Career and Technical Education Center

CTE Students Intern with Local Police Departments

Mar 19, 2015

Police InternFrisco ISD has partnered with local police departments to give students a realistic look at the world of law enforcement. 

The Frisco Police Department is hosting four student interns this school year from the Career and Technical Education Center, while the Little Elm Police Department is hosting one student intern.

Students spend about 90 minutes twice a week working alongside officers and civilian staff in detention, dispatch, community services, records and more. 

“Not only do we want to expose kids to what we do in law enforcement, but we want to mentor them and share with them what our daily tasks are,” said Frisco Deputy Chief of Police David Shilson. “It’s not just patrolling and catching bad guys, there’s a lot more to what we do.”

Students say the experience has been eye-opening. 

“I never thought about how it really worked,” said Wakeland High School senior Victoria Callowhill. “It gives me a new perspective on what actually goes on. You hear things on the news and don’t actually know what’s happening in house. It’s fun. I like it.”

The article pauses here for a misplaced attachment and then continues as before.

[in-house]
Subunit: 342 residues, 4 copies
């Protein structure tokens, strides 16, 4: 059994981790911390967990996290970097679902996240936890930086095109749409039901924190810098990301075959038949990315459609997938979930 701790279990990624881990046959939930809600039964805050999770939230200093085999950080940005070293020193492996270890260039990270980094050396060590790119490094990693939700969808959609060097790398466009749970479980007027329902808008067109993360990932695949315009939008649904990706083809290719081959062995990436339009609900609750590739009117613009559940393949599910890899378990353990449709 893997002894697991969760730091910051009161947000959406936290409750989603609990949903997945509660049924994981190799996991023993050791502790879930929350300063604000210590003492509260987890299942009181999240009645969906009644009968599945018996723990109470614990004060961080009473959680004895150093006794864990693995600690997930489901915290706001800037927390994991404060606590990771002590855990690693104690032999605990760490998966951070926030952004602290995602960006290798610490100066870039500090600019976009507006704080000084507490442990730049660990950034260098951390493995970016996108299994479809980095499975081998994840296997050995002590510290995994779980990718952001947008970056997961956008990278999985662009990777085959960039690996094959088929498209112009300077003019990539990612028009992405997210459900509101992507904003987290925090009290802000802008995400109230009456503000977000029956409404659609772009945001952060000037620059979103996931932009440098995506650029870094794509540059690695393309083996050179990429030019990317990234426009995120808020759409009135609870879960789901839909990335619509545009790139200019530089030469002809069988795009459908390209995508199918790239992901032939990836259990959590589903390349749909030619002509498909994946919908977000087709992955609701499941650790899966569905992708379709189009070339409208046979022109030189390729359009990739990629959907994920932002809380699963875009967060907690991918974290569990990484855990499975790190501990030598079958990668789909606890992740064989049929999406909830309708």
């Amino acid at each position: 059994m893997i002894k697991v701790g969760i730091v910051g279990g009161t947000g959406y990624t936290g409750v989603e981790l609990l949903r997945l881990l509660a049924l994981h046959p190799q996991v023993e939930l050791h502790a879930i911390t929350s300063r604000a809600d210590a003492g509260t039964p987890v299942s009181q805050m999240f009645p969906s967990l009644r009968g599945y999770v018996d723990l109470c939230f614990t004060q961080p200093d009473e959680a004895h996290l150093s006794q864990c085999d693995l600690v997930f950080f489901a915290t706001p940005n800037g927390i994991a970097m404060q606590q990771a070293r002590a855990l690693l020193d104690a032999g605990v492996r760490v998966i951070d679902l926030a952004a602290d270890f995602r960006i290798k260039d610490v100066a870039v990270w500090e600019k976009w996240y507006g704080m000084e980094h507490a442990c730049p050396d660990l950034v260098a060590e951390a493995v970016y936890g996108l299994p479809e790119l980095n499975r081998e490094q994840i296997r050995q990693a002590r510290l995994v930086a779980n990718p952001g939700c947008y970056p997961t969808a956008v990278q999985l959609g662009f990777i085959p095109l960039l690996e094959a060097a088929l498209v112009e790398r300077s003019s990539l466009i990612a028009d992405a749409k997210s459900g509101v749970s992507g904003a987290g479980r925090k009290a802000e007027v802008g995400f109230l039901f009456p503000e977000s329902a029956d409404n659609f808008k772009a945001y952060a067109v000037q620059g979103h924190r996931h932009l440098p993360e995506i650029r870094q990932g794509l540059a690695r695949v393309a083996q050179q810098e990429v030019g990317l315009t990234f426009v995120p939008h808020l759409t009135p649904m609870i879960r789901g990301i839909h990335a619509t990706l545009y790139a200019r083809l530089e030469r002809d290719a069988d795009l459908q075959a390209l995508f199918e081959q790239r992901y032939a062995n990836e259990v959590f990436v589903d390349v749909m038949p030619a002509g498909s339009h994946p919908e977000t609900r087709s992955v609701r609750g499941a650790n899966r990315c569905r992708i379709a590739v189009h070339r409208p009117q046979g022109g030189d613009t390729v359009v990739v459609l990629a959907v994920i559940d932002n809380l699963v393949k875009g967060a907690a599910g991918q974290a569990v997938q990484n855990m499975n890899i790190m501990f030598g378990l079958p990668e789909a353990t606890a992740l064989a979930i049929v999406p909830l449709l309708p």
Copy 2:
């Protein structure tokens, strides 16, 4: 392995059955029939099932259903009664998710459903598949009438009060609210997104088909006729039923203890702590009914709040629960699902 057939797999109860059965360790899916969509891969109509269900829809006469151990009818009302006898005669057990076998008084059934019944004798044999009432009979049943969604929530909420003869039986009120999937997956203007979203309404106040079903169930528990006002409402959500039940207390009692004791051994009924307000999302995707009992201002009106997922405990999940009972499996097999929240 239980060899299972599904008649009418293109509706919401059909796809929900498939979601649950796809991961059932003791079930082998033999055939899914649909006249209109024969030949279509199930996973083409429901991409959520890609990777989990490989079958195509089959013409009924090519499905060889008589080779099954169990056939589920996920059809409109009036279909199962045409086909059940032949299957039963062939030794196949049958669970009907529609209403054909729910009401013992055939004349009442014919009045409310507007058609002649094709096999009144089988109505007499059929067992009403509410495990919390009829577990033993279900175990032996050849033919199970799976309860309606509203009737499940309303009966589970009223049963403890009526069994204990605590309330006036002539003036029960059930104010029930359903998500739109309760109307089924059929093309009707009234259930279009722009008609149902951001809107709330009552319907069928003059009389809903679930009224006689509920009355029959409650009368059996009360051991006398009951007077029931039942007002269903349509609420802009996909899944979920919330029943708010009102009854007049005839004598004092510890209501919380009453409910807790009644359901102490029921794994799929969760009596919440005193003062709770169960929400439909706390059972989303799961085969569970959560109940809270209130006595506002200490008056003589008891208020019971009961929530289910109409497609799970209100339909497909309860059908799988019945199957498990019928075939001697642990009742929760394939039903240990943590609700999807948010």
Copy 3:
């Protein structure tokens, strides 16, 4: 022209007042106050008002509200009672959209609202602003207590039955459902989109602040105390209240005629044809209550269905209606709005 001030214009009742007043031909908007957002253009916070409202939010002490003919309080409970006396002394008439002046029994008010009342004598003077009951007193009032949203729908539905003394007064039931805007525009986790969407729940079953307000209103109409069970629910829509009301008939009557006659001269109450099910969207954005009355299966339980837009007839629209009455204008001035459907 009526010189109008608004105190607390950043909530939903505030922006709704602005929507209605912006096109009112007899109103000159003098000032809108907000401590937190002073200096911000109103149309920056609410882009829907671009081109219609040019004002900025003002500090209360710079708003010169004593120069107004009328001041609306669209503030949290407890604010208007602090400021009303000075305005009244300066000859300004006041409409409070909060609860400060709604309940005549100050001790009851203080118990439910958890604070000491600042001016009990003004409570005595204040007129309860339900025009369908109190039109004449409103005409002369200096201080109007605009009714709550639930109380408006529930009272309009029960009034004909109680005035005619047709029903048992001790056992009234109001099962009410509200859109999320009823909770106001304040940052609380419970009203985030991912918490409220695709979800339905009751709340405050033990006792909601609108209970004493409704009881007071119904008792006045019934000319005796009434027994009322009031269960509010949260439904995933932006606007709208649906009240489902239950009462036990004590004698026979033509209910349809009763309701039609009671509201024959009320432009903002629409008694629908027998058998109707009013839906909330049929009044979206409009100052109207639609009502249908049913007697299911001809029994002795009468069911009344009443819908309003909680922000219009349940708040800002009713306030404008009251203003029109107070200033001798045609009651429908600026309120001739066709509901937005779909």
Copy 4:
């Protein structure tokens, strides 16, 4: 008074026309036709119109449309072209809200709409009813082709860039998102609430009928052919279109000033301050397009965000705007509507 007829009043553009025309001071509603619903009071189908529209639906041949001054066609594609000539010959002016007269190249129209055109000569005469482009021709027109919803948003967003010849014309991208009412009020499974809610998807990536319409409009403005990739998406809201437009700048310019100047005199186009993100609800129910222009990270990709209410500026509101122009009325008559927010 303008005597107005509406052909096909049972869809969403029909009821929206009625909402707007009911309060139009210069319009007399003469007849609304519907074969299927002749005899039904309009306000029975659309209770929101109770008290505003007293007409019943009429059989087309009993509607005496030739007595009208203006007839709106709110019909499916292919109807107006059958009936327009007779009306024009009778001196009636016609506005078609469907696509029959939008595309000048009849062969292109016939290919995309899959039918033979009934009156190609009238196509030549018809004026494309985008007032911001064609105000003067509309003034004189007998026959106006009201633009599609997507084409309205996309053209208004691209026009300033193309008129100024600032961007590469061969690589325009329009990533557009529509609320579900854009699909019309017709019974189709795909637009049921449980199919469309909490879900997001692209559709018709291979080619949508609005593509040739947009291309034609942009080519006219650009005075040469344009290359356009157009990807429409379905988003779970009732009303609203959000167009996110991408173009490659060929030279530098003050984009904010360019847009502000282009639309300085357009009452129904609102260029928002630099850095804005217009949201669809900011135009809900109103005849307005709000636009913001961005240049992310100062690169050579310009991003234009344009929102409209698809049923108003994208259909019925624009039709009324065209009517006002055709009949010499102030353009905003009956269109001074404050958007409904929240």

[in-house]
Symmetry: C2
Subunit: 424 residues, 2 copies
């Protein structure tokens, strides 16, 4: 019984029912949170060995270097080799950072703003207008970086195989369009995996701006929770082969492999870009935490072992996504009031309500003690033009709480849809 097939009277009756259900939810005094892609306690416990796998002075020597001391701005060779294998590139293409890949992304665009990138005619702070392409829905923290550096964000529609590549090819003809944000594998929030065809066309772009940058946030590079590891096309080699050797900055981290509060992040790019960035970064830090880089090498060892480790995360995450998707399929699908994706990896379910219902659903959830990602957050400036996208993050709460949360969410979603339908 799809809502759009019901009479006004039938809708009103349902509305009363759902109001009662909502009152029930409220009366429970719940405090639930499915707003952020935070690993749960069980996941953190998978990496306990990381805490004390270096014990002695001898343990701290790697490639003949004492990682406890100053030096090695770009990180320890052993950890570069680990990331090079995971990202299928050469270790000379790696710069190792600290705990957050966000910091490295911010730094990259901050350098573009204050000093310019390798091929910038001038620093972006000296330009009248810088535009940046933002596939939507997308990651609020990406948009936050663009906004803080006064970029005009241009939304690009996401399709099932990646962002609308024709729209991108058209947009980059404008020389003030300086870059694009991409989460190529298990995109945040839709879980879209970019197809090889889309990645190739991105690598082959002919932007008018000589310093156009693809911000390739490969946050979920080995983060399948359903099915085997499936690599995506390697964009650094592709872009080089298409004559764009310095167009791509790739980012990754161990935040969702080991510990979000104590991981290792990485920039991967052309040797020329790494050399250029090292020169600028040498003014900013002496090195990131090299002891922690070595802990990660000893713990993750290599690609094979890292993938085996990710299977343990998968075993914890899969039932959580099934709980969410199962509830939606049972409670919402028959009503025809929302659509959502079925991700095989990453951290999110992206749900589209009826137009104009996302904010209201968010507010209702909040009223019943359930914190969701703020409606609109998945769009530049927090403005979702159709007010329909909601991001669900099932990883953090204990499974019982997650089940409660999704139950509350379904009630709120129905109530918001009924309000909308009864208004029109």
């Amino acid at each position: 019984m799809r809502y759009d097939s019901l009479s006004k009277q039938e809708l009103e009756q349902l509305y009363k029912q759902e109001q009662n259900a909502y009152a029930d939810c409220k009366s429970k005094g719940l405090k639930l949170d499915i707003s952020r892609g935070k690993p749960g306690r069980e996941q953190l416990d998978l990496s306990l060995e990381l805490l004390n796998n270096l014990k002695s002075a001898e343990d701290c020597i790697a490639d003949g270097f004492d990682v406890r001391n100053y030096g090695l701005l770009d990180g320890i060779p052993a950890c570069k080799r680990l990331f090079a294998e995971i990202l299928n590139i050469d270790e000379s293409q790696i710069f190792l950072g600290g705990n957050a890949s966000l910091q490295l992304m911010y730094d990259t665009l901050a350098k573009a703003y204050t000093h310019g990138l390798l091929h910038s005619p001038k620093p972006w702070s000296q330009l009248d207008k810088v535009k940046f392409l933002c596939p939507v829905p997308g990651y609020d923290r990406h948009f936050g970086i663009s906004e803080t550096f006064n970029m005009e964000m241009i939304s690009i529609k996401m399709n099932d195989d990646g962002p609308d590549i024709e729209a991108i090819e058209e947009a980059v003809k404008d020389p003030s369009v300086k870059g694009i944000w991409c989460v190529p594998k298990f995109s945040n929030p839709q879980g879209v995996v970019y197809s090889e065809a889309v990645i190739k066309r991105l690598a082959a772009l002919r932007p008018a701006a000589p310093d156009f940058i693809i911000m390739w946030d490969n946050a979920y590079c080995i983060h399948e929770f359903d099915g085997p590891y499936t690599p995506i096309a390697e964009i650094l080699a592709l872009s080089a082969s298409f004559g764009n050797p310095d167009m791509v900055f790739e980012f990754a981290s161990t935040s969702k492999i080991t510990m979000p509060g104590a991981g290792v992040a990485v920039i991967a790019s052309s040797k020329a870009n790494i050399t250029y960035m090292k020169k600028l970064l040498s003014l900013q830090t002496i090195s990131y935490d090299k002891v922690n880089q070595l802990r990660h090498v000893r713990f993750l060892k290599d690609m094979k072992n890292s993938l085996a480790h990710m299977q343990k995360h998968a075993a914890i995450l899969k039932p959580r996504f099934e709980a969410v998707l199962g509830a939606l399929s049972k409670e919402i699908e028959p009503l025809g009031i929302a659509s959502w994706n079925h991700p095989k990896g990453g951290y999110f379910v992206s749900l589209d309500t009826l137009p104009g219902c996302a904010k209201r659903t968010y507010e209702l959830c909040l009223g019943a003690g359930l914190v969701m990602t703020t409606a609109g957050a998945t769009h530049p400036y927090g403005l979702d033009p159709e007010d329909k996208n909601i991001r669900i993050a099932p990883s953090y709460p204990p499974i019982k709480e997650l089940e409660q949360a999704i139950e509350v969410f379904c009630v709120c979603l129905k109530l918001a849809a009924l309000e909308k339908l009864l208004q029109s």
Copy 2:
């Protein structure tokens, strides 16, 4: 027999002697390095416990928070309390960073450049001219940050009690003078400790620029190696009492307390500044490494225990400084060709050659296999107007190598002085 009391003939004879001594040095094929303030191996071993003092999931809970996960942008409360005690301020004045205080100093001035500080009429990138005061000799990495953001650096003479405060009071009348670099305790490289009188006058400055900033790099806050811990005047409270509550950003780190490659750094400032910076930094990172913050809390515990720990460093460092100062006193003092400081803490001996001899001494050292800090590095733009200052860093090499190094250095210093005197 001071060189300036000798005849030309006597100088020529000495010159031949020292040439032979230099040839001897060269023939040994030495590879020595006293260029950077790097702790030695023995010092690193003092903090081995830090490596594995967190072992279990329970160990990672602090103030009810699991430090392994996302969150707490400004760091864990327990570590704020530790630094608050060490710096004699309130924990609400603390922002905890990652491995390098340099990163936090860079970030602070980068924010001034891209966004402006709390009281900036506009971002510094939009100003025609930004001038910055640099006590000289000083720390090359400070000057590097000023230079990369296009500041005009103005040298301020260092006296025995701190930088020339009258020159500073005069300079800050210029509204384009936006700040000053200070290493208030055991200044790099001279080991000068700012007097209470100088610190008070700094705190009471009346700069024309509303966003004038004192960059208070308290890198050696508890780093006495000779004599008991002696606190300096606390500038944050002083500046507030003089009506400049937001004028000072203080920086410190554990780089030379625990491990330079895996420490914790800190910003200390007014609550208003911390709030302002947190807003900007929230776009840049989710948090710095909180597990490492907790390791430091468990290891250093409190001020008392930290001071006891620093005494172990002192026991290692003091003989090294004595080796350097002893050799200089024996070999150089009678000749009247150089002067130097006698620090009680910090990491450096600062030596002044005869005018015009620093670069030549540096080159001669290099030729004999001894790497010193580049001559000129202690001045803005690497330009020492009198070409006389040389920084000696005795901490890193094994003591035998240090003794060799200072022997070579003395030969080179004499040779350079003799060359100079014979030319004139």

The interns have been involved in a variety of tasks with the Frisco Police Department, including assisting with inventory, inmate detention and community outreach activities such as social media initiatives and the Department’s first-ever holiday toy drive.

Its hands-on experience students say is valuable to their understanding of the law enforcement field.

“I enjoy seeing the behind the scenes things and how it really works because you can’t learn that in the classroom,” said Heritage High School senior Jake Moulder.

This is the first year students taking the Practicum in Law Enforcement course have been involved in on-site internships. The class, like all courses at the CTE Center, is designed to provide students with authentic, real-world learning experiences in which they can explore their future.

“We hope eventually this will help us with recruiting,” Deputy Chief Shilson said. “By providing exposure to high school students, maybe they will make this their career choice when they graduate.”

Some of the students have already earned the basic 9-1-1 certification through the Emergency Communications & Dispatch course at the CTE Center. The internship class is the next step in helping them determine if a career in policing is something they want to pursue.

“It’s extremely rare for students to get this type of experience at the high school level,” said CTE teacher Chad Goins, a former police officer who facilitates the Practicum in Law Enforcement course. “In my experience, it is usually reserved for students at the college level. That’s what’s great about this opportunity - that some students may find out that law enforcement is not a fit for them, and if that’s the case, it is better to understand that now before they go to college.”